Hertfordshire’s middle class drug-users “care more about fair trade coffee than the cocaine trade”
Police and Crime Commissioner David Lloyd has hit out at middle-class drug users in Hertfordshire - and the impact they have on some of the most vulnerable children.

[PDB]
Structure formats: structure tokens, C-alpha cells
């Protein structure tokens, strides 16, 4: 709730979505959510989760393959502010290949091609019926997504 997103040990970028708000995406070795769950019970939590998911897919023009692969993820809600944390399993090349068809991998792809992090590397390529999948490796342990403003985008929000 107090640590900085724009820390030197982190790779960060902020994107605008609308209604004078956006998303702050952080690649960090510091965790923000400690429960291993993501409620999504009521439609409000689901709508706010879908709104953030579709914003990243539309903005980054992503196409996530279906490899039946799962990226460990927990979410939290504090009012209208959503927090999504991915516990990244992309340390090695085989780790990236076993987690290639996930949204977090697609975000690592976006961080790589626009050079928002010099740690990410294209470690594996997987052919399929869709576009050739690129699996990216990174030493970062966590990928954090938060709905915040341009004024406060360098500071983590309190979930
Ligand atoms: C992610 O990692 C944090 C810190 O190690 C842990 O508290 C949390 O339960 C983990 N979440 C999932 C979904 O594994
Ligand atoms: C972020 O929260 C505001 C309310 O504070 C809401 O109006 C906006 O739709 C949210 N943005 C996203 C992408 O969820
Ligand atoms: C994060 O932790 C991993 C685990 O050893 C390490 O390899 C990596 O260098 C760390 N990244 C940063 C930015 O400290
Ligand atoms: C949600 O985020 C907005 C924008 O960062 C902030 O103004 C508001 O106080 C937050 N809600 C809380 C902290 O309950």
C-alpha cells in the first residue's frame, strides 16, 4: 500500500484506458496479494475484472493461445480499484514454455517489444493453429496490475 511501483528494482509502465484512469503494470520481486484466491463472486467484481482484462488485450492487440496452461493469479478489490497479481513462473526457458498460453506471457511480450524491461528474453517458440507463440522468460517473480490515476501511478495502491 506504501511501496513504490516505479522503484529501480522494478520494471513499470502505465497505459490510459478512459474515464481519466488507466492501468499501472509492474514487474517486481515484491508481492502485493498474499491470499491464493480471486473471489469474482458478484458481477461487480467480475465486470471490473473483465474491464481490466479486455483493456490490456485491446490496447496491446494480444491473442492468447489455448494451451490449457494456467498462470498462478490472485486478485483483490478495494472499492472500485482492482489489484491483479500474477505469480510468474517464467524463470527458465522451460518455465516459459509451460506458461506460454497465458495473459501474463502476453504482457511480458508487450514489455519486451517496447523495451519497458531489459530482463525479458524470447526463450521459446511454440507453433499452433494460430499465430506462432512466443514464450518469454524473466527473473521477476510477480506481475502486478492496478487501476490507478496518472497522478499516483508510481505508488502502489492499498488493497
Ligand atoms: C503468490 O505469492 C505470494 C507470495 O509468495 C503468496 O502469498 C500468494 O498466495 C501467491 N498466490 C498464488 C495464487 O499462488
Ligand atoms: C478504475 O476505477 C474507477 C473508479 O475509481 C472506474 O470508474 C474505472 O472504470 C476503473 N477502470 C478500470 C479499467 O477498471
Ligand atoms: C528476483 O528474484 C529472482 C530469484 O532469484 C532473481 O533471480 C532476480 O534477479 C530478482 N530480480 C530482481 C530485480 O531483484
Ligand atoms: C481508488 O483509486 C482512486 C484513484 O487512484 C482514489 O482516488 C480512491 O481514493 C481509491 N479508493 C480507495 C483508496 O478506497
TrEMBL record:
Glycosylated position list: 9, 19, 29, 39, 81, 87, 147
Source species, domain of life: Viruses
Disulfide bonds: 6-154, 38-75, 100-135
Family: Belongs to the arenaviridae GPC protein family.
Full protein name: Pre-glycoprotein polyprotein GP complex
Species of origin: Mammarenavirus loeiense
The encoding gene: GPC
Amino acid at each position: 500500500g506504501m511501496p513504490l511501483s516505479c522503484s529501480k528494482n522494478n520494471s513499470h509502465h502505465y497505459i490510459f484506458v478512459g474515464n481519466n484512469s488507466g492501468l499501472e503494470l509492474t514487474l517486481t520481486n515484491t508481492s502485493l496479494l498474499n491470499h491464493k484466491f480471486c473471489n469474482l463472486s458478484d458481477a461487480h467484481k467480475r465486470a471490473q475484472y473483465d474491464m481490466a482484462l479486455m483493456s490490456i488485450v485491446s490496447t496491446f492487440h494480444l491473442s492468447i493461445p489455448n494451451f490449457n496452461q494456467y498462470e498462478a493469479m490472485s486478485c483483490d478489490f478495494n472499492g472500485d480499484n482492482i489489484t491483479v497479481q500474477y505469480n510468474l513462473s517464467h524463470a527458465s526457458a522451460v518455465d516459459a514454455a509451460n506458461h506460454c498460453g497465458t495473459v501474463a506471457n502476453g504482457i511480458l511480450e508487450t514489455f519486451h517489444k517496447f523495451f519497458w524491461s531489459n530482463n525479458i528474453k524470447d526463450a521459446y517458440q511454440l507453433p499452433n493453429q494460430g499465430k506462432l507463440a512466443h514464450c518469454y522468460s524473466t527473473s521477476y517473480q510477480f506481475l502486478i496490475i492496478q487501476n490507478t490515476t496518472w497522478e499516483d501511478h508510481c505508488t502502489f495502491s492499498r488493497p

Mr Lloyd says affluent drug users in the county are more concerned about the supply of their coffee than their cocaine. And at a recent meeting of the Hertfordshire Police and Crime Panel (April 11) Mr Lloyd said it was an “outrage” that users of illegal drugs didn’t change their habits. “There are people in the middle classes in Hertfordshire who are really concerned that their coffee is fair trade, yet they don’t seem to care that their cocaine has been trafficked,” said Mr Lloyd. “It has been brought from abroad resulting in the slaughter of innocents, with youngsters being groomed for this in the same way as they are subject to in sexual exploitation.” Mr Lloyd said children were often groomed and then exploited by “evil” organised crime groups and treated as “utterly disposable”. And he said those who bought the drugs - singling out users of the most expensive drug, cocaine - didn’t see the associated crime that happens ‘round the back’. “These traffickers and dealers are out to make maximum profit and will use youngsters to do their dirty work,” he said. “It is an outrage that people don’t change their drug taking habits on the back of the misery they cause.” Mr Lloyd said it was a shared responsibility to ensure the reality behind the supply of the drug was understood. “Clearly we need to ensure the population understands the risks they take - not just for themselves but for others - if they have a lifestyle that involves taking illegal drugs,” he said. “That’s a cultural thing. It’s for all of us - not just me - to take that message out to people.” Meanwhile at the meeting Mr Lloyd stressed that despite a significant percentage increase in the past three years, levels of knife crime in Hertfordshire were very low - equivalent to around one a day. He stressed that the majority of those crimes related to carrying a bladed object rather than actual use. And - responding to a question about the prevalence of knife bins - he said it was important not to overplay the level of knife crime, as that could lead to an increase in the number of young people carrying knives. He stressed that most people who were seriously injured were people who carried knives. And he said the message had to be ‘stop carrying knives’. “We need to address the culture that has led to more people carrying knives,” he said.